3 Ways Your Sales Call Can Go Off the Rails (and How to Regain Control)

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We’ve all been on a sales call that goes from bad to worse in under five seconds. Is your prospect moments away from throwing a mouse at the screen share? Did they say they were looking for apples but you’re only talking about oranges? Are they speaking non-stop about the competitor they just had a demo with?

In these situations, it’s tough to know how to get off the phone in one piece—and still get a shot at the deal. Here are a few scenarios we’ve all dealt with and advice on how to handle each one. Learn from these tips, and save the sale next time a call goes off the rails.

1. The Call Where They Just Don’t Get It

GIF courtesy of Giphy.

Ever feel like you nailed a presentation only to find your prospect staring at your deck silently? They’re either just not that into your offer or their mouth stopped working mid-demo—neither of which are promising scenarios.

How You Got Here

When faced with disinterest or the silent treatment, consider one of two things. First, have you hit the wrong points? And, second, do you have the wrong person on the phone?

The good news is you can detect either of these within the first two minutes of the call. Start by confirming the qualification criteria you or your BDR have harvested.

Ask questions like, “Do you oversee the selection process?” or “What do you hope to learn from this meeting?” or “If everything goes well with this presentation, is there anything stopping you from moving forward with my offer today?”

Once you’ve confirmed these points, you should be confident you’re speaking with the right person. If their answers signal you should meet with someone else, politely explain you want to respect their time and reschedule your demo.

What to Do About it in the Moment

Draw from earlier conversations, and ask how your product or service measures up to your prospect’s expectations.

If they still aren’t talking, start asking direct questions like, “I’m sensing this presentation isn’t meeting your needs. Is that correct?” and “How is our product/service missing the mark?” Never drop the price out of panic. I’ve seen a lot of junior reps arrive at the pricing section of their demo, meet a little silence, and drop the price immediately. If you’re going to adjust pricing, make sure there’s strategy driving your decision. It should never be a knee-jerk reaction.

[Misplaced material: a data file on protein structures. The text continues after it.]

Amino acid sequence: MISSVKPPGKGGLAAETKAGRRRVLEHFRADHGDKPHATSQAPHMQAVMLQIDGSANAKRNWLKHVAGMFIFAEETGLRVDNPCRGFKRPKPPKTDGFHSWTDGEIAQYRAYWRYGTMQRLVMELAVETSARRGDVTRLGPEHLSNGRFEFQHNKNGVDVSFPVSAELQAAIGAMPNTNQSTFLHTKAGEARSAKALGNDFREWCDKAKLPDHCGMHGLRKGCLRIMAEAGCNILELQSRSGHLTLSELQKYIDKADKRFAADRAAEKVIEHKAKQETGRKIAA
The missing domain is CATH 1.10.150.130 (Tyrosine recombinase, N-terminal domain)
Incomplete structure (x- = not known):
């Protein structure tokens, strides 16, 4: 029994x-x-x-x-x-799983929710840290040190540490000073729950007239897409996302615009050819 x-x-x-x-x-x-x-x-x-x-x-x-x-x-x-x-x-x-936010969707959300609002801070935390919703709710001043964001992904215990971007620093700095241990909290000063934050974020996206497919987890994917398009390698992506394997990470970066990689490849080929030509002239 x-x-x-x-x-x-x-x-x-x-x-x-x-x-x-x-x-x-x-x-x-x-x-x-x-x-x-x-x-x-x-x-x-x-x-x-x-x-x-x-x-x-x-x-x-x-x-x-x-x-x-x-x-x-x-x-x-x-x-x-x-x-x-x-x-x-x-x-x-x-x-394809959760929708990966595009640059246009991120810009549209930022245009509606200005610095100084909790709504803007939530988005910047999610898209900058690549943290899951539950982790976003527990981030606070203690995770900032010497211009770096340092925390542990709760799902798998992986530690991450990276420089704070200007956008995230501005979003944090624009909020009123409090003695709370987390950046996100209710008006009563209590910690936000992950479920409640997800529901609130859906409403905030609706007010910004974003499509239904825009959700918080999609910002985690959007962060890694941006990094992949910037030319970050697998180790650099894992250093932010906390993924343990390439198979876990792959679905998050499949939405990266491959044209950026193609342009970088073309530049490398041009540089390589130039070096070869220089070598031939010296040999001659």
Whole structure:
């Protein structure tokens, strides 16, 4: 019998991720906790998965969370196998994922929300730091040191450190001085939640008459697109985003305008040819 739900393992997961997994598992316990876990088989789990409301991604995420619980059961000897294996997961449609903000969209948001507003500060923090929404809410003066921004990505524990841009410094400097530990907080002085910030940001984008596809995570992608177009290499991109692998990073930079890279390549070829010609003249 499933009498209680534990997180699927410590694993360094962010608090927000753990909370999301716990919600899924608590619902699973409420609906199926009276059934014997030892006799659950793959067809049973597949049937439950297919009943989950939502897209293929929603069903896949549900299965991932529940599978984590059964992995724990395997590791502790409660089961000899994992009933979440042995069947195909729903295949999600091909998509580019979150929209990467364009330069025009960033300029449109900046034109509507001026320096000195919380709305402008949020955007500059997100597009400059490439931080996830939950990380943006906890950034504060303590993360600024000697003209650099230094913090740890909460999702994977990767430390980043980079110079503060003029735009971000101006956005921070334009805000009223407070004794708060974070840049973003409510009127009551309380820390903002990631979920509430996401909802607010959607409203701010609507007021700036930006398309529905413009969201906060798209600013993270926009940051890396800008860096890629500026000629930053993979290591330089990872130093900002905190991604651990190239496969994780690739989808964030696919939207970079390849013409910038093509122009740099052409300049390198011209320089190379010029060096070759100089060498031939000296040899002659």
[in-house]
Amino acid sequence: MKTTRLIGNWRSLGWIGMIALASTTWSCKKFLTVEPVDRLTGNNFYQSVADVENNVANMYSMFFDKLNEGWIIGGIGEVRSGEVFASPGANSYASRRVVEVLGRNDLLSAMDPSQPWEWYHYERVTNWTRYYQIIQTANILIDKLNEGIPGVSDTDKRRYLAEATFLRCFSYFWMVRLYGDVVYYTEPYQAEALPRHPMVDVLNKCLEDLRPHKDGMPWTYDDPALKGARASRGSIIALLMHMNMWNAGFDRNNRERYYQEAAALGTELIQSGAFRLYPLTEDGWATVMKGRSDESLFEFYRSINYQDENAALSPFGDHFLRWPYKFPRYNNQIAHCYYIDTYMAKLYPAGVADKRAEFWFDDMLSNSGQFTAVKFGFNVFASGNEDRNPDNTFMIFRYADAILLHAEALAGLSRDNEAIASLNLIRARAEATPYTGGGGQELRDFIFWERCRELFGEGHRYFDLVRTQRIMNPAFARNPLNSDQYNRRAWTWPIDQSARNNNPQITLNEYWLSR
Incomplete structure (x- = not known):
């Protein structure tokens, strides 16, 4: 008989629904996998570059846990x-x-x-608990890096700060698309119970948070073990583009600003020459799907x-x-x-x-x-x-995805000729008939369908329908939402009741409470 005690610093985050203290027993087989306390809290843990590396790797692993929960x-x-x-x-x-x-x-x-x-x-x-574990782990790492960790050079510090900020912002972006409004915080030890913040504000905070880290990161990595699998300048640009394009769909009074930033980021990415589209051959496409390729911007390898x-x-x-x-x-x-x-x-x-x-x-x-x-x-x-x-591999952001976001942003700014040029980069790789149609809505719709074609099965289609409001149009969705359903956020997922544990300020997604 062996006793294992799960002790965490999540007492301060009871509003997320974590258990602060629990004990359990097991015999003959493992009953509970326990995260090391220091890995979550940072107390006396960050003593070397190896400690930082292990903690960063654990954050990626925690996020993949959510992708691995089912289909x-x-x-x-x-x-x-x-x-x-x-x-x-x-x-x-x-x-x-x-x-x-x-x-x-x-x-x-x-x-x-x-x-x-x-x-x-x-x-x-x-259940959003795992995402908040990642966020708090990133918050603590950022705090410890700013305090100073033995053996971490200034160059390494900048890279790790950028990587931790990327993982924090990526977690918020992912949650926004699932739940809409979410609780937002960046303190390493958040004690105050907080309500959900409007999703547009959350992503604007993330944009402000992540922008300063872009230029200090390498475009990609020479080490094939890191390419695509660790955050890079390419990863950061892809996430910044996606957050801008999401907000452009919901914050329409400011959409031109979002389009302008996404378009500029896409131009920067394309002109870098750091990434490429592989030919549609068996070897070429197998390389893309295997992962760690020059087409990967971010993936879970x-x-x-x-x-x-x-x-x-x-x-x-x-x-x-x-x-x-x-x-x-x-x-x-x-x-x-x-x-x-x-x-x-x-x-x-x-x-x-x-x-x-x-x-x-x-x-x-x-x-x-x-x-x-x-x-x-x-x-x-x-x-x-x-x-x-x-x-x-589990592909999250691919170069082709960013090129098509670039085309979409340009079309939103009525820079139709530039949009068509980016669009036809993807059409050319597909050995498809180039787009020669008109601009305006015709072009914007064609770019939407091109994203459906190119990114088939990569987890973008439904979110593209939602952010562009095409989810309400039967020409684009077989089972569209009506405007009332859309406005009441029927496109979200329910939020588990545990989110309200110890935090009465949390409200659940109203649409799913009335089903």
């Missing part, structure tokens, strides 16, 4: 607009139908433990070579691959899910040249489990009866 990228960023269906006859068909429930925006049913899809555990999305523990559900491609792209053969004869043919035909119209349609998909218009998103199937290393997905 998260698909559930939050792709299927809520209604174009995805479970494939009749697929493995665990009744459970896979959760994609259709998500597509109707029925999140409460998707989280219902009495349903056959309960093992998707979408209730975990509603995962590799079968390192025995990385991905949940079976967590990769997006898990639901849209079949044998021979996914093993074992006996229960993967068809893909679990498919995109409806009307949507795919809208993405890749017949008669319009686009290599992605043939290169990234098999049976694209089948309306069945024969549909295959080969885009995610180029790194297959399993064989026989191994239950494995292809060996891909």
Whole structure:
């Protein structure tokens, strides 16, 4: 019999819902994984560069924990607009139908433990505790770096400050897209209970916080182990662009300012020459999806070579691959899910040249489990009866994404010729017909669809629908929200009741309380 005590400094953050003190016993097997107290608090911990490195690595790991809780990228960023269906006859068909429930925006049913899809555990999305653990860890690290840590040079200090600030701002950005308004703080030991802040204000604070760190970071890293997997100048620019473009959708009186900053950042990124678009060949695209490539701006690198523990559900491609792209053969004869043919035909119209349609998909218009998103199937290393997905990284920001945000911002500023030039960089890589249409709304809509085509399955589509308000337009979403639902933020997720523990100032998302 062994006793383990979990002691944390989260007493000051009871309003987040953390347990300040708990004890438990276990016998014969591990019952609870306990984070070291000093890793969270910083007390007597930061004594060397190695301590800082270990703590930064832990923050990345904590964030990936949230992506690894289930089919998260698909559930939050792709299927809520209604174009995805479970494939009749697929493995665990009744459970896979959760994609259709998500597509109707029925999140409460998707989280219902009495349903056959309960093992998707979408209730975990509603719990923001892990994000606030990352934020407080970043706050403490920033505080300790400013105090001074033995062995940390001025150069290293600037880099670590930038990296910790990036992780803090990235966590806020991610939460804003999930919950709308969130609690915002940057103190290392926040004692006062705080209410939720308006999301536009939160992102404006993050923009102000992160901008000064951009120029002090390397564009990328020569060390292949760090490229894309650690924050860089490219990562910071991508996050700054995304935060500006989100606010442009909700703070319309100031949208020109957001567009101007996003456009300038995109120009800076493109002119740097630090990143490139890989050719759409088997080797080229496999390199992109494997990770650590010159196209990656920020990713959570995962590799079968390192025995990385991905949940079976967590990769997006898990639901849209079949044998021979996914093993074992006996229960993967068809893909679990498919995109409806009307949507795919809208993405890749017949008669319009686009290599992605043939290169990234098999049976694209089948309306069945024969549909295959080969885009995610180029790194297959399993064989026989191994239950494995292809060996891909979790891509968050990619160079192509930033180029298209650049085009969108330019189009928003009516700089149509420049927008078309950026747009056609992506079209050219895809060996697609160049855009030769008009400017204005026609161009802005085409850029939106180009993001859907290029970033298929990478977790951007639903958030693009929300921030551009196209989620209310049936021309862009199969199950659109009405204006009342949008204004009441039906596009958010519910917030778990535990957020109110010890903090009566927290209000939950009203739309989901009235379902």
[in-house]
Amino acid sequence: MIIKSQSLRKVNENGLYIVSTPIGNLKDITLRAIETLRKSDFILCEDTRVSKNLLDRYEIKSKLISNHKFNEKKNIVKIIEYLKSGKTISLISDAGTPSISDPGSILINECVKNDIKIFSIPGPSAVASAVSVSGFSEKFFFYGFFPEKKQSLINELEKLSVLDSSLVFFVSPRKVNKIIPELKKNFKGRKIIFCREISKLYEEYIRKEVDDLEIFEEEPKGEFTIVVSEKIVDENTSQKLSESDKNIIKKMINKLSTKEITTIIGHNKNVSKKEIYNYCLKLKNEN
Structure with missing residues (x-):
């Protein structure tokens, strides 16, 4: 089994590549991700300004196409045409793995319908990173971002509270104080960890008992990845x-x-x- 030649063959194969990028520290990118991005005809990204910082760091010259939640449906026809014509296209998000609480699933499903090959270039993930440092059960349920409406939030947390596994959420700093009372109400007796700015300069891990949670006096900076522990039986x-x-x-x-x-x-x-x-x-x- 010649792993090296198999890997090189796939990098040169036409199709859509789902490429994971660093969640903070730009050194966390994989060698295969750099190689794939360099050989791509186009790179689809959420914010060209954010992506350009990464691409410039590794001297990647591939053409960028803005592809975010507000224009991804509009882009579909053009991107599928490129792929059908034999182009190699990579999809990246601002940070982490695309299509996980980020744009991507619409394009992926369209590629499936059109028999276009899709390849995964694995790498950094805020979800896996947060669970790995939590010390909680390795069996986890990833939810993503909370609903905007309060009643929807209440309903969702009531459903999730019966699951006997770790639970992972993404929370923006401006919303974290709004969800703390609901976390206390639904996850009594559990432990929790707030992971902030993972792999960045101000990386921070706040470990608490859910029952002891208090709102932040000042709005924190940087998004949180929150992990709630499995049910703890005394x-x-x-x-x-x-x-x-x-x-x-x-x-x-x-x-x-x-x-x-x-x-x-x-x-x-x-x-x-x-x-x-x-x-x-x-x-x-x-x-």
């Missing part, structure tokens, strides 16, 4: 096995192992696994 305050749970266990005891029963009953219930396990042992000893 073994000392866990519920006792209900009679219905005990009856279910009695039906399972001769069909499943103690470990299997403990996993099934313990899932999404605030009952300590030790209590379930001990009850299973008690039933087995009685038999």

2. The Call Where They’re Obviously the Wrong Candidate

GIF courtesy of Giphy.

Even the best products don’t make sense for every buyer. If you sell hammers and the customer is really just looking for paperweights, they can probably get by with something else. Remember, when you realize a prospect isn’t the right fit, they probably sense it, too.

How You Got Here

This scenario arises when the lead generation process is poorly defined. If your lead generation team doesn’t have a crisp definition of what constitutes a quality lead, they’ll provide many “OK” leads, but few that are highly qualified.

By enabling a strong feedback loop between sales and marketing, you can define good leads (I recommend using BANT or PUCCKA methodologies here).

And, give your lead generation team the ability to fire bad prospects. Even if someone prospect calls and wants to learn about your product, your lead team should have the ability to redirect her to a better resource if she’s obviously a bad fit.

What to Do About it in the Moment

Don’t be afraid to send bad-fit prospects somewhere else. Rather than promise your product will work well for a prospect when you know it won’t, be honest and connect them with a company that will offer a better solution. Your prospect will be grateful for your honesty, and you might even receive a referral from them in the future.

The number of salespeople who avoid recklessly pushing their own product is small—so your company will earn credibility and maybe some future business as a result.

3. The Call Where Someone Takes Over the Conversation

GIF courtesy of Giphy.

How long has it been? Five minutes, maybe 10? Your prospect won’t stop talking about their current process and how competitor XYZ is doing this better. All at once, you’ve been steamrolled out of your own meeting.

How You Got Here

It’s important to send a clear agenda prior to every meeting. Outline how you’ll handle questions before you begin the presentation, and judge when to politely jump in and move things along to improve the cadence and productivity of the meeting.

If you fail to observe one or all of these meeting “golden rules,” you might experience someone else hijacking your time with their own agenda.

What to Do About it in the Moment

Ask questions of specific members of the prospect’s team. This allows even timid attendees to ask questions and express their opinions.

And, don’t be afraid of silence. If you stop talking and avoid giving cues you’re listening, your chattier attendees will get the hint—and, if they don’t, other members of their team likely will.

If that’s not working, be assertive and step in when necessary. If you’re experiencing a runaway meeting, interject with, “Sorry to interrupt, but I want to respect your time and goals for this meeting, so let’s move on to our next topic.”

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